In this week’s US Pirate Party Newsletter, Renee Schroeder (“A Story From a Few Days Ago,” Nov. 1) recounts her dismay at seeing “pirated” DVDs for sale at a flea market: “… he was selling DVD-Rs onto which he used a Sharpie to write the name of a movie, such as A Bug’s Life, or Rocky, or any other number of movies.”
Schroeder continues: “The United States Pirate Party is against this blatant form of copyright infringement (and others as well). Am I the only one that reads the FBI warning that precedes every movie?”
I confess to some dismay of my own on reading this. Spurred by her comments to examine their positions more closely, I found this statement on their website: “We do not promote, advocate, support, or engage in illegal activities. Where there is a disparity between individual action and the law, the law wins.” And this, under their “Points of Unity”: “We gather to change laws, not break them.”
I can only speak for myself, but I was attracted to the US Pirate Party because I believe copyright law and all other laws upholding “property” in ideas are morally indefensible. I was attracted, moreover, because of the party’s indirect association (in name if nothing else) with The Pirate Bay, and my adamant support for torrent sites as an infrastructure for nullifying copyright law. The terms “legality” and “illegality” carry no more moral weight for me in the case of “intellectual property” than they would in the case of a legal “property” in human beings. The sooner copyright law becomes unenforceable, the sooner most people trample it underfoot with the contempt it deserves — indeed, the more people read that FBI warning just to laugh at it — the better for the cause of human freedom.
As for the party’s preference for changing laws rather than breaking them, I can only say that I consider it a most unfortunate choice. I have no quarrel with those who try to change the laws. So long as the state exists, evil laws will give it open-ended discretion to find pretexts for harrassing people it doesn’t like. And no matter how difficult the laws are to enforce in general, and how many people ignore them, there will still be the unlucky or careless few who get caught. So getting the copyright laws off the books would present a significant form of closure.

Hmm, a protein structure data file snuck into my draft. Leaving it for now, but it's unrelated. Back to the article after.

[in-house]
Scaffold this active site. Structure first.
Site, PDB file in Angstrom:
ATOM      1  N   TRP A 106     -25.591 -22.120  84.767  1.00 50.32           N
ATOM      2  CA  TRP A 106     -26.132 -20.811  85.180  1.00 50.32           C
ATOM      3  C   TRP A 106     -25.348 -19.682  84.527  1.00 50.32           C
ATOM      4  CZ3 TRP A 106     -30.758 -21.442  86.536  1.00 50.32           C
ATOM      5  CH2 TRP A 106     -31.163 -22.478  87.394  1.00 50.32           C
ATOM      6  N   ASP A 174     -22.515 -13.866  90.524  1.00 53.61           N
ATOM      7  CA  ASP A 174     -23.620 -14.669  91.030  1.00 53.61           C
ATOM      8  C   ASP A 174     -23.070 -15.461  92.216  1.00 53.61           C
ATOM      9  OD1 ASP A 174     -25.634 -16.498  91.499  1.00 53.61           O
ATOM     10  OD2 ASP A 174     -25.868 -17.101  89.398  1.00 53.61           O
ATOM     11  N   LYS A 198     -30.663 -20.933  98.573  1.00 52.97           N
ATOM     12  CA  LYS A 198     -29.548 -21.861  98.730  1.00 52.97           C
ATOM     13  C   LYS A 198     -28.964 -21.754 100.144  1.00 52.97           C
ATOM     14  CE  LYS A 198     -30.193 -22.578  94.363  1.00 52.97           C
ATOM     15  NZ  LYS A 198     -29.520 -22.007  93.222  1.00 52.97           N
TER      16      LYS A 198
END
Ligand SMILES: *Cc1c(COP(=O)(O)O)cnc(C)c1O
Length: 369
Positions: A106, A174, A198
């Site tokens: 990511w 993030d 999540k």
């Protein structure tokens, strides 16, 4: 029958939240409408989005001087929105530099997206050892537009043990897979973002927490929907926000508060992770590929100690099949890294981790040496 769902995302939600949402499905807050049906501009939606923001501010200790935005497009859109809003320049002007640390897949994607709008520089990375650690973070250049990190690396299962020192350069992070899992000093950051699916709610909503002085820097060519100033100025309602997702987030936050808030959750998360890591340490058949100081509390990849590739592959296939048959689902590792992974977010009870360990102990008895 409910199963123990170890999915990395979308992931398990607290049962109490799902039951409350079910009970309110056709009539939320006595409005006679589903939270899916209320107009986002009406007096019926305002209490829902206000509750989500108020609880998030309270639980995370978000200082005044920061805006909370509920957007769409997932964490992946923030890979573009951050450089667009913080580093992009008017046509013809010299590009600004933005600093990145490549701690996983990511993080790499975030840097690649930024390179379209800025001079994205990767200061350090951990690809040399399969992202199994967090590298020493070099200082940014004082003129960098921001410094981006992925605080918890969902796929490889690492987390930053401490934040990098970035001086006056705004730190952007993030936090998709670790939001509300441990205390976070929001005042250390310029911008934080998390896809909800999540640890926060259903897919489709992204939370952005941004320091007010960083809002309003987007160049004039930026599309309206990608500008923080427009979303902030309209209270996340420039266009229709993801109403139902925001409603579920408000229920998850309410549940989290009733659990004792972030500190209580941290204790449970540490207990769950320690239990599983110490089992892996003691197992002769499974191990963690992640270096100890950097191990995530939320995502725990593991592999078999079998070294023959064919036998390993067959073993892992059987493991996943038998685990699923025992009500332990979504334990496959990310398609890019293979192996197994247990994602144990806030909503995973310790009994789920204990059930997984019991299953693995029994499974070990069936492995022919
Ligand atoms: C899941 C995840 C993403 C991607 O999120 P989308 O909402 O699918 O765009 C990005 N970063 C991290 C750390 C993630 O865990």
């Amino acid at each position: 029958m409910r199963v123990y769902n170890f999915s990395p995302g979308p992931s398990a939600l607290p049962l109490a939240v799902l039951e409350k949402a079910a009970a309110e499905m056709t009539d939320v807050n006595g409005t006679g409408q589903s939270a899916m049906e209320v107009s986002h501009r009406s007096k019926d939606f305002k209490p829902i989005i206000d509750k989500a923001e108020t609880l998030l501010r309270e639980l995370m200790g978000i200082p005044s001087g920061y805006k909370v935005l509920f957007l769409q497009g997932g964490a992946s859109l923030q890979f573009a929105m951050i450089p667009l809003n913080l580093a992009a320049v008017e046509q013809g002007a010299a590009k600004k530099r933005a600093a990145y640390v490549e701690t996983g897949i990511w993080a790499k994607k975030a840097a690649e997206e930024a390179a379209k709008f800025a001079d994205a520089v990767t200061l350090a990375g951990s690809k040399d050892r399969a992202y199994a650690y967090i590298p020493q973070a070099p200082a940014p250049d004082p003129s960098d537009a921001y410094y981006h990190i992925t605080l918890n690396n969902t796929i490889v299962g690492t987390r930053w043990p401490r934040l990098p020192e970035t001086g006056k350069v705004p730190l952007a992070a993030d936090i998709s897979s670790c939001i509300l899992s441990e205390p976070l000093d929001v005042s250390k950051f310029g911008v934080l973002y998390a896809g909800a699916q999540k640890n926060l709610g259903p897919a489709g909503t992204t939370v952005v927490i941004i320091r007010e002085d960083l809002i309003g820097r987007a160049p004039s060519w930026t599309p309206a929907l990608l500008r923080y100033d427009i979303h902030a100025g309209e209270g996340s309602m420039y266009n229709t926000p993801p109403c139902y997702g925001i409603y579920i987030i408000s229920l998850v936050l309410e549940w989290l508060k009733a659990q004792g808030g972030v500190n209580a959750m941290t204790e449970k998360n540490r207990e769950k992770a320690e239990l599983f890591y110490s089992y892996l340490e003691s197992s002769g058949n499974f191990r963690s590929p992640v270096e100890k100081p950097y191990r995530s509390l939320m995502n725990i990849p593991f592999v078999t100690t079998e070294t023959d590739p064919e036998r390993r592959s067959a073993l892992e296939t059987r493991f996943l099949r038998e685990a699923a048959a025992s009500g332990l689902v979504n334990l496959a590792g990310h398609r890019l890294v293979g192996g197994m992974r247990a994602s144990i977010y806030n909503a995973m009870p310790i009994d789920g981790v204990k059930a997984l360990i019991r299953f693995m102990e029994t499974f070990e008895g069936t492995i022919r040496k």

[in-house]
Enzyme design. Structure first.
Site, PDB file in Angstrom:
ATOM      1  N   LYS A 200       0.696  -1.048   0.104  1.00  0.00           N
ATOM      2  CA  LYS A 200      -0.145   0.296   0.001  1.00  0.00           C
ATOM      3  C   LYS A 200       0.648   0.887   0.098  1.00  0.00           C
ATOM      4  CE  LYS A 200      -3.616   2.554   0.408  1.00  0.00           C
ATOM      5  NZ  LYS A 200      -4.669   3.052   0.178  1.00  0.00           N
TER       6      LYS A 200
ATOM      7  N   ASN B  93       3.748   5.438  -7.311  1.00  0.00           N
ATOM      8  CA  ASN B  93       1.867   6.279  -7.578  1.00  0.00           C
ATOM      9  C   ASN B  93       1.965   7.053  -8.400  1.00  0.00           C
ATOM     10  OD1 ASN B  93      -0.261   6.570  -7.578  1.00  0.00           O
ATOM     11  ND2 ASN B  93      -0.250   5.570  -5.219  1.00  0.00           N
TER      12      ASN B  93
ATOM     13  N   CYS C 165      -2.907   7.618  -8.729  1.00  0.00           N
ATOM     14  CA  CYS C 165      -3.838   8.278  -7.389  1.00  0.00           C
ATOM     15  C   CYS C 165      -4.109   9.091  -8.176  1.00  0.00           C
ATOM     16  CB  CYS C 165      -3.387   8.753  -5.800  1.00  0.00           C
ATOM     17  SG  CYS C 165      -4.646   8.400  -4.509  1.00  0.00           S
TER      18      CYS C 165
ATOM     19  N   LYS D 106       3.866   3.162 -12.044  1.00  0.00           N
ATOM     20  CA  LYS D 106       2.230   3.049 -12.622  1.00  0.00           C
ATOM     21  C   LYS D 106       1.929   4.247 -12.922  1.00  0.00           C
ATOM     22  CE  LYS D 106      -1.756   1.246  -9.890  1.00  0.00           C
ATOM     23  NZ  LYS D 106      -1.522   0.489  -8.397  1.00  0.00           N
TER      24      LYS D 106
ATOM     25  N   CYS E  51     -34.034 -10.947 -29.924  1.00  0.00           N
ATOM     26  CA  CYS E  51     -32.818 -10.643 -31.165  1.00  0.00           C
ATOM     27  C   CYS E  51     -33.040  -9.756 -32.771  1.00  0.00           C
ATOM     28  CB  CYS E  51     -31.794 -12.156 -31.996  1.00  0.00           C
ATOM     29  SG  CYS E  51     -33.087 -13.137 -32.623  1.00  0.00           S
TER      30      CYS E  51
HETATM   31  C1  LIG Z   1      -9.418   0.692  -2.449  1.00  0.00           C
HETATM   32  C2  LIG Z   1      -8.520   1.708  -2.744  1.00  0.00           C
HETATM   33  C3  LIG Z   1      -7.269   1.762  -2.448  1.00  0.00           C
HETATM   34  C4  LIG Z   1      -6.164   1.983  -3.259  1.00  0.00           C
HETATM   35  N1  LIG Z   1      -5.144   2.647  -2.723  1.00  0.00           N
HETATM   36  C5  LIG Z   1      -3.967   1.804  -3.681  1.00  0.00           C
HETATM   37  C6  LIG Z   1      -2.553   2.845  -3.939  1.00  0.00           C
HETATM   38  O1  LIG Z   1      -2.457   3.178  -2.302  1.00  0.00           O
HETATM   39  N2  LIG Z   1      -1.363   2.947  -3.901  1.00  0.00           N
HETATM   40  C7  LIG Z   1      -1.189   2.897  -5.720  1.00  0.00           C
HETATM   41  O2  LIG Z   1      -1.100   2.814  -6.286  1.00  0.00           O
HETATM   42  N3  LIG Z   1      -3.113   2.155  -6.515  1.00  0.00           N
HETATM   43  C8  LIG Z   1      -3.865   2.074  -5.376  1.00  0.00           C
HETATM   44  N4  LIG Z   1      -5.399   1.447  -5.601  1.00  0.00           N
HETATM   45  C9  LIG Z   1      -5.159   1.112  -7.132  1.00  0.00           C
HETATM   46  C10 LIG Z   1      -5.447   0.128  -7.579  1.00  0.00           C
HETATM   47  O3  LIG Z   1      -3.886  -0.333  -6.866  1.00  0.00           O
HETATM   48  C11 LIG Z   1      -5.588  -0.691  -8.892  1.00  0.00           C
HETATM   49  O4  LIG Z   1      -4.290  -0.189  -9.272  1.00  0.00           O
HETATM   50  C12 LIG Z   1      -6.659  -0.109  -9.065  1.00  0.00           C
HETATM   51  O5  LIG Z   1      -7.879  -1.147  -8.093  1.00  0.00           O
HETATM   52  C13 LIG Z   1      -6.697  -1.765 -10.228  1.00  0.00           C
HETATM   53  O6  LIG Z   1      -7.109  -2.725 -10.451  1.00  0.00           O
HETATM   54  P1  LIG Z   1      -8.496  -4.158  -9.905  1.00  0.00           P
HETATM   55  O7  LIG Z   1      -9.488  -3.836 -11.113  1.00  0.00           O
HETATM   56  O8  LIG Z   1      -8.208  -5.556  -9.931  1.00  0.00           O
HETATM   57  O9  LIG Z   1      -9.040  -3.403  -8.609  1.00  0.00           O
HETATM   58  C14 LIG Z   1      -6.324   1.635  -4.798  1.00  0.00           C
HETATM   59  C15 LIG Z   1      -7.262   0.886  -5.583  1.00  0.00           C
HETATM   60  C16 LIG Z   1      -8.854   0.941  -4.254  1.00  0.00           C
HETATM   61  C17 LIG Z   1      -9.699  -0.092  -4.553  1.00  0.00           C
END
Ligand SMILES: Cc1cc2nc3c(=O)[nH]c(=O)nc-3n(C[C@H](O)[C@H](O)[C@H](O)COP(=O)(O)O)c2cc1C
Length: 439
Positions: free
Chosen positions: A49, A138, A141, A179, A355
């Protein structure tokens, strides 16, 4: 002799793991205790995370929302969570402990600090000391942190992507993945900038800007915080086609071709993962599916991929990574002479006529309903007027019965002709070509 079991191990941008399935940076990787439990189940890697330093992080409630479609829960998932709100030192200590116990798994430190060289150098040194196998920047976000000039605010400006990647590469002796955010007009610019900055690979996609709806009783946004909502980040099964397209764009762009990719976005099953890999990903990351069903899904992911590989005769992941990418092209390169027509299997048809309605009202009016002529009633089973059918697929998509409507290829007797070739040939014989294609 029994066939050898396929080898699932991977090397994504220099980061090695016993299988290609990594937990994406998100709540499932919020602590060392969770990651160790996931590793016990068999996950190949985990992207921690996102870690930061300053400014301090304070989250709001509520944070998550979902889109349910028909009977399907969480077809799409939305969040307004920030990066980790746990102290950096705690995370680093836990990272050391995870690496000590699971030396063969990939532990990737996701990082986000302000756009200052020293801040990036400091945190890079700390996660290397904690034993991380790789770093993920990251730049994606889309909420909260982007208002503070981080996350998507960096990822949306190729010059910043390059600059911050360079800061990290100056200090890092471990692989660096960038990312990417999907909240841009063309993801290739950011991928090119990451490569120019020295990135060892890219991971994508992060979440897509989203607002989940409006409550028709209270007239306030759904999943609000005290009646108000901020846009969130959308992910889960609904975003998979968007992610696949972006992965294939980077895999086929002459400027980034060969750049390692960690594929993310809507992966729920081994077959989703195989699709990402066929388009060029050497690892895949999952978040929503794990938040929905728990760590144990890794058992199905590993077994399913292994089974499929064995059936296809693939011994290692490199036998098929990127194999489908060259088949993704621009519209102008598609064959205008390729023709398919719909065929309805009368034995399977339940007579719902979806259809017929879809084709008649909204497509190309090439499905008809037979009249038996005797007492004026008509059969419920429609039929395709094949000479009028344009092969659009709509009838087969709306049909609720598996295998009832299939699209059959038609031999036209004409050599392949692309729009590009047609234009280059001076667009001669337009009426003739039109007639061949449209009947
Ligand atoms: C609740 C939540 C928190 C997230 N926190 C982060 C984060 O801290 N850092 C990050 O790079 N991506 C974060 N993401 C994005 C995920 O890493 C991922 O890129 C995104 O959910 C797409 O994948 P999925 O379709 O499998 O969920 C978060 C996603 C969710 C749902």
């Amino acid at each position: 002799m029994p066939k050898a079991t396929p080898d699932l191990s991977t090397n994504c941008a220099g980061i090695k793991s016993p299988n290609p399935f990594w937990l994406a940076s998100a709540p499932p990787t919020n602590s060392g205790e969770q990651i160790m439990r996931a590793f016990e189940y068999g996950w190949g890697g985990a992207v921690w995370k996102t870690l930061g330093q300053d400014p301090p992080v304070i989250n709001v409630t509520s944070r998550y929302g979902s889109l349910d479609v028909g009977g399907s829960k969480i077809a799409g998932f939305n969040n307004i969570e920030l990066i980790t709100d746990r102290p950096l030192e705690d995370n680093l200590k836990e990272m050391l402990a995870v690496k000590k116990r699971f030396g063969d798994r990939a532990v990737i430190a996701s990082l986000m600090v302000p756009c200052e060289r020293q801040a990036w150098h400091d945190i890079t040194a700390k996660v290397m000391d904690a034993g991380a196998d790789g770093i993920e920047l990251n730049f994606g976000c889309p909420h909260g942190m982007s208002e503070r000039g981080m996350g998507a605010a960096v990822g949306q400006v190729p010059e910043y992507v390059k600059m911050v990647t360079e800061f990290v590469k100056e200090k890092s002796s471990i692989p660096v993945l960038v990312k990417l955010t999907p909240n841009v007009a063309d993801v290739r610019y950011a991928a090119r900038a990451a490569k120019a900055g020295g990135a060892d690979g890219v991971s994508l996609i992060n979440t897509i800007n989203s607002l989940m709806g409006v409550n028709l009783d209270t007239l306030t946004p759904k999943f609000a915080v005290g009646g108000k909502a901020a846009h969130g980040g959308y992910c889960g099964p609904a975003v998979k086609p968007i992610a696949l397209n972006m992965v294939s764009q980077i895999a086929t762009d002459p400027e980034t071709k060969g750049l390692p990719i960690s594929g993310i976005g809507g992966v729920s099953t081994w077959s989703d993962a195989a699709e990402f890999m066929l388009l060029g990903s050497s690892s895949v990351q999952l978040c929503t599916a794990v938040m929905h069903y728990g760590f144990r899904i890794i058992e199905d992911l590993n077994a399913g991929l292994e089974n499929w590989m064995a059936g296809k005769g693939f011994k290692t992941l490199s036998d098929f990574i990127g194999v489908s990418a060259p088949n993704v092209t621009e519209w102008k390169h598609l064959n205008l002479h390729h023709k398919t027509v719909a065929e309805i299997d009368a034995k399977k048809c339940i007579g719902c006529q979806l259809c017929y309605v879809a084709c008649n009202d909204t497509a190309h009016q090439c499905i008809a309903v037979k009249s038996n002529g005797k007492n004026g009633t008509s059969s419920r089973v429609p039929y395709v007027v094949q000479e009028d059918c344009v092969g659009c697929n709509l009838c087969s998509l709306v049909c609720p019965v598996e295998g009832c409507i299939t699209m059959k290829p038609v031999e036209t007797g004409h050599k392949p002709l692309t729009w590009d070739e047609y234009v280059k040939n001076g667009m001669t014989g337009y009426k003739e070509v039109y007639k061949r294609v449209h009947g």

But achieving significant changes in lawswhich, like copyright, are centrally important to the structure of corporate capitalism, is extremely unlikely. It would require an equally unlikely prior success in overcoming the power of entrenched corporate money and corporate culture in American politics, before they even had a chance. It would require years of painstaking effort to build a coalition that would almost certainly achieve nothing more than minor tinkering around the edges of existing copyright policy.
Just look at Prop 19: Even assuming it passes, how many decades of uphill struggle did it take? I’m not willing to wait that many decades for permission to do as I please with what’s mine.
And I guess I’m just too proud, even if democracy really did represent the majority will, to beg a majority of the public for permission — again — to do as I please with what’s mine. I’m an anarchist because I don’t believe I need to ask permission to be free and start living my life the way I want.
But if changing the law requires enormous, long-term effort with little hope of success, breaking the law on the other hand is extremely cost-effective. New technical means of circumventing the law can be developed for a tiny fraction of the cost of changing it. And the beauty of the network revolution is that it has radically shifted the comparative advantage in the ongoing offensive-defensive arms race between the authoritarian state and those of us trying to build a free, self-organized society. The state’s rules for “changing the laws,” in effect, require us to throw away our advantages of superior agility and efficiency and be as ponderous and bureaucratic as they are.
Who in their right mind would willingly stop, on the verge of victory, and adopt the methods of an enemy we’ve already almost beaten?